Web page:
Free Speech And The Berkeley Riots
In the past year my life has changed profoundly. I quit my job, I quit my Ph.D. program, and I completely left a promising career due to bullying and a decade of fearful self-censorship. I have no income and could not be more disillusioned with the systems I have held in such high esteem for so long. The whole endeavor left me a drunken pot head whose body has seemed to just fall apart lately, of which my hoarse voice is both a symptom, and a tragic metaphor.
As I try each day to rebuild my constitution, my faith in my fellow man, to establish a more coherent foundation for the knowledge I’ll need to complete this last third of my life with integrity, I am forced to realize that those that claimed to be my ally and those that seem to have shown themselves to be violent enemies are actually not so mutually exclusive, and that, in fact, they cannot play the traditional roles of friend and foe as I once was so easily assigned them to.
My personal interest in the Berkeley riots is not just about finding news I can trust, or finding the data I need to make informed decisions regarding my beliefs, and belief structures. For my interest in all of those concerns can be summed up as my need for free speech, or more specifically and importantly, my need for the preservation of free speech.
When I say beliefs I am referring to the myriad of individual conclusions we each reach in our lives; when I say belief structure I am referring to the coherence of the totality of those beliefs. The structure of our beliefs are our principles, the building blocks of who we fundamentally are. This may sound grand, but that doesn’t make the claim any less true. Our belief structures could be considered the framework of who we are right down to whatever we think of as our soul.
I believe the state of news reporting lead me, and is leading me, if I am to believe their accounts, to reach conclusions that would force me to introduce serious flaws in that belief structure; flaws that would, essentially, reduce my arguments to fallacy, reduce the quality my word, reduce the quality of my life. Sadly, I believe that at best some of this misinformation is a result of ignorance, and unfortunately I now believe much of it is worse, that it is straight up deceit. And, I’m just not taking that shit anymore.
The riots of Berkeley and the reporting on them have proven quite important in this regard. They have highlighted through the violence how each side of the issue not only attempts to sculpt the narrative of their agenda using the same data, but does so in direct contrast to their actions:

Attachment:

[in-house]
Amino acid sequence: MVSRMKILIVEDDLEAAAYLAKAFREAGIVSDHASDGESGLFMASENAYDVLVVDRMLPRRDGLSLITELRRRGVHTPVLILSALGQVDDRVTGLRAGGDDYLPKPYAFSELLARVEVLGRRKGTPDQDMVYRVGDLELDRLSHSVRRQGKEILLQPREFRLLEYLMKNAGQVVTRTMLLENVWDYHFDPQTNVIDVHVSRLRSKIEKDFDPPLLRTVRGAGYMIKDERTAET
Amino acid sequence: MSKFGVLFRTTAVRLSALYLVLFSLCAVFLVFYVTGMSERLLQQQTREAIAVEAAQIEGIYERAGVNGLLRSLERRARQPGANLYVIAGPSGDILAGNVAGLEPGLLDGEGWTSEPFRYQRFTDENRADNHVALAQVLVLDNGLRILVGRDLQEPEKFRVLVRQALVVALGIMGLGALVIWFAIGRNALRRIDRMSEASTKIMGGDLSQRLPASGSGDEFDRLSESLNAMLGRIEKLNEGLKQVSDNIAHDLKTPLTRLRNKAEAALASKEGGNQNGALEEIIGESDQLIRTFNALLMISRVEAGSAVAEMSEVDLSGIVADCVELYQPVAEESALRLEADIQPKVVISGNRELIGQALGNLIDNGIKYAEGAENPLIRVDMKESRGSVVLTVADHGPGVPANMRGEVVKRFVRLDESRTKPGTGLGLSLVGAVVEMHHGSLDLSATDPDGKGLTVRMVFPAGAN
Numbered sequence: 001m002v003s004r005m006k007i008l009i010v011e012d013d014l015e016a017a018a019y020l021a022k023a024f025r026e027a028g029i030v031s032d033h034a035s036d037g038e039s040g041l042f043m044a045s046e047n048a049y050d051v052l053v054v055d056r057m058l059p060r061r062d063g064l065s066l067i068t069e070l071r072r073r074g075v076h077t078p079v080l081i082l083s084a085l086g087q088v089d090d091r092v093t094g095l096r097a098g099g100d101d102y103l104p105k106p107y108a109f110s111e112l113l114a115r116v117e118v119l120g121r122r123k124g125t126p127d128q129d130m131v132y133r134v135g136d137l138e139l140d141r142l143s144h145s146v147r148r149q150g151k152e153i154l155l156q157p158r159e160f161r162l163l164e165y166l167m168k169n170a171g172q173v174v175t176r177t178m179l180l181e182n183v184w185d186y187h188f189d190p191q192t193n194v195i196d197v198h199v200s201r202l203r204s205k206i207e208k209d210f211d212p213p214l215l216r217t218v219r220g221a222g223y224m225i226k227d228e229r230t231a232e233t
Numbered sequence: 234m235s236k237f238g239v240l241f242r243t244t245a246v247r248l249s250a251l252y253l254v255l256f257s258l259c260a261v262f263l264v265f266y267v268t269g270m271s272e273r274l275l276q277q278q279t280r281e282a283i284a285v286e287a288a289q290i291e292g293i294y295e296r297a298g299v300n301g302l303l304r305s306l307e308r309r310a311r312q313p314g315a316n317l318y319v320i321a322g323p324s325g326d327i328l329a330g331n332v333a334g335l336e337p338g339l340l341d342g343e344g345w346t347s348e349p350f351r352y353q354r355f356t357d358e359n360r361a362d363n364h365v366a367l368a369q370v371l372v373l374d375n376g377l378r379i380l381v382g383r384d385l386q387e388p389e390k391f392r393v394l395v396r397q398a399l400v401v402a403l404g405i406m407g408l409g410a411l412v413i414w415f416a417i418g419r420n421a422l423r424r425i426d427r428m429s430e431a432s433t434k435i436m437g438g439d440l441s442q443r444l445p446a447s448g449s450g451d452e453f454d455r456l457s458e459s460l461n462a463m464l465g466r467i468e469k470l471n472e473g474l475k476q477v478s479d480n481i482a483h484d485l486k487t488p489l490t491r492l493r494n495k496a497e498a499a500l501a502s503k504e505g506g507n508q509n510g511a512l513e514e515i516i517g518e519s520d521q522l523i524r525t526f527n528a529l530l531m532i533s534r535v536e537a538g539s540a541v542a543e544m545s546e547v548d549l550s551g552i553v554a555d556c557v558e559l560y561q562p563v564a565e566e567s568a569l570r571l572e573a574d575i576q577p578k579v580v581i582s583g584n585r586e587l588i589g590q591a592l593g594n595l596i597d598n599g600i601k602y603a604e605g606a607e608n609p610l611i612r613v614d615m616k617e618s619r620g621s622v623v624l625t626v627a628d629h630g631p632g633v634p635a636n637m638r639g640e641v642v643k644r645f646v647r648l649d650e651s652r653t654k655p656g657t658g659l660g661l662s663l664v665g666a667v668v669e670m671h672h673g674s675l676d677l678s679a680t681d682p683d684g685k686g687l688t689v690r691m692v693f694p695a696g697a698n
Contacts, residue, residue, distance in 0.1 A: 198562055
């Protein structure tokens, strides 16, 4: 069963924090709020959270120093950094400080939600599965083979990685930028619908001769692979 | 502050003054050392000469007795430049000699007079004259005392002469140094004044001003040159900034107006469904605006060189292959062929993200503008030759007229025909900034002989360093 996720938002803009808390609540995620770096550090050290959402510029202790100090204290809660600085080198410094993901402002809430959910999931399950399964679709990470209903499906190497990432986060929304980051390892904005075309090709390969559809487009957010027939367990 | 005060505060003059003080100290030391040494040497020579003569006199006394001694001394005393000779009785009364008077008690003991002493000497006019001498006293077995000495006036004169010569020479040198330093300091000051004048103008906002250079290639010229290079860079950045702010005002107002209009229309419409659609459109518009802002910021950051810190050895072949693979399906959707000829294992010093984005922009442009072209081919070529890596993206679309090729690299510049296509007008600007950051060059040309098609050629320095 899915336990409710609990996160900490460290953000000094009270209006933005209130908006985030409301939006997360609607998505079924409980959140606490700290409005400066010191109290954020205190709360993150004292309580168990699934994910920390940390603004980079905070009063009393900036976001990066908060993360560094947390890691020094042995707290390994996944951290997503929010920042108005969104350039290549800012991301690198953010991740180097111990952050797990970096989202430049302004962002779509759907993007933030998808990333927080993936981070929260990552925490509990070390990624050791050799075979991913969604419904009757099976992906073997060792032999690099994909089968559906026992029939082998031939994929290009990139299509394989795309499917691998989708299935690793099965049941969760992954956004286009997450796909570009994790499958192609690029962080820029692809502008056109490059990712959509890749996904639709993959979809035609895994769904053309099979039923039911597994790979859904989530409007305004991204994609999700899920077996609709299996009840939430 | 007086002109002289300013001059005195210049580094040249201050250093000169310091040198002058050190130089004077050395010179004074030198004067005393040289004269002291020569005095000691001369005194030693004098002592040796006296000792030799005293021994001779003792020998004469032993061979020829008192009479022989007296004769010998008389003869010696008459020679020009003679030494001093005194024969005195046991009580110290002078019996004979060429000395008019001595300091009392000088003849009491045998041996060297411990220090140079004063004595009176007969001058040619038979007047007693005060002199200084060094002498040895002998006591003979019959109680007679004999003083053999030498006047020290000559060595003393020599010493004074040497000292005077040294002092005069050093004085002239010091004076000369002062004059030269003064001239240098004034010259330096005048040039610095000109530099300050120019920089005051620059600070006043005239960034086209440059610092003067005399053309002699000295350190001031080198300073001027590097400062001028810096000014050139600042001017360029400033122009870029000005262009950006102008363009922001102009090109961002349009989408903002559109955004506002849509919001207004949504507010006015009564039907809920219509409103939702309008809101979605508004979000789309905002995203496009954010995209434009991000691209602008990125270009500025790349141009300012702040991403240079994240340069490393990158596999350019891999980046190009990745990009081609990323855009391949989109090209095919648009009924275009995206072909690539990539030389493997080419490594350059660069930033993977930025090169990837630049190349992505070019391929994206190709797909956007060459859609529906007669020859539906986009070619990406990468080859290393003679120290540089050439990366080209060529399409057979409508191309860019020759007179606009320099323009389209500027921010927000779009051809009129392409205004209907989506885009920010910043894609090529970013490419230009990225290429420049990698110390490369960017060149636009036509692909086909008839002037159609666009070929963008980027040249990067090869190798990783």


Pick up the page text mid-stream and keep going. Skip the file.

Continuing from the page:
When Yvette Felarca commits premeditated violence for the purpose of disrupting the lawful gathering of a group that holds views she finds abhorrent yet not immediately threatening to life or limb, I see malice, mayhem, hypocrisy.
When masked ANTIFA toss lit and ready to blow M-80s into crowds of soft-flesh humans, or strikes a man in the head with a bike lock even though he is kneeling with his hands raised in appeal to peaceful discussion, I see indiscriminate malice, mayhem, hypocrisy.
When Nathan Damigo targets, surges toward, hones1 in on, and blind sides Louise Rosealma, he is not exercising self defense, nor standing his ground. I see self interest, mayhem, assault.
When Louise Rosealma meets free speech clutching a bottle as if she’s in a barroom brawl, I see an intent to follow through on fighting words, I see violence, I see hypocrisy.
When half a dozen grown men set upon a single person, gaining advantage over a now prostrate and threatless body, and attack with kicking and punching and stomping, I see orgy, I see bloodlust.
When witnesses of, and journalists reporting on, the events refer to Rosealma as Moldylocks or Damigo as a Nazi I don’t see an interest at finding truth, I see self-interest, partisan polemics, I see hate.
When Shane Bauer says he, “Went Behind the Front Lines With the Far-Right Agitators Who Invaded Berkeley” I don’t see a journalist reporting on an event, I see a person assigning one side the good guys and the other side the enemy; I see the antithesis of journalistic integrity.
I’m not a Nazi, or a white supremacist, or a far-right agitator, or even your basic conservative. What I am is a true believer in free speech, to my core. And though I may be liberal, a tranny, I can guarantee you, even after all that I saw of the Berkeley riots, the hate, the violence, which side of the fence I’d hold my camera. For at the end of the day I’d rather be hated by those I am free to criticise than silenced by those those claiming to protect me.
Be well, be safe…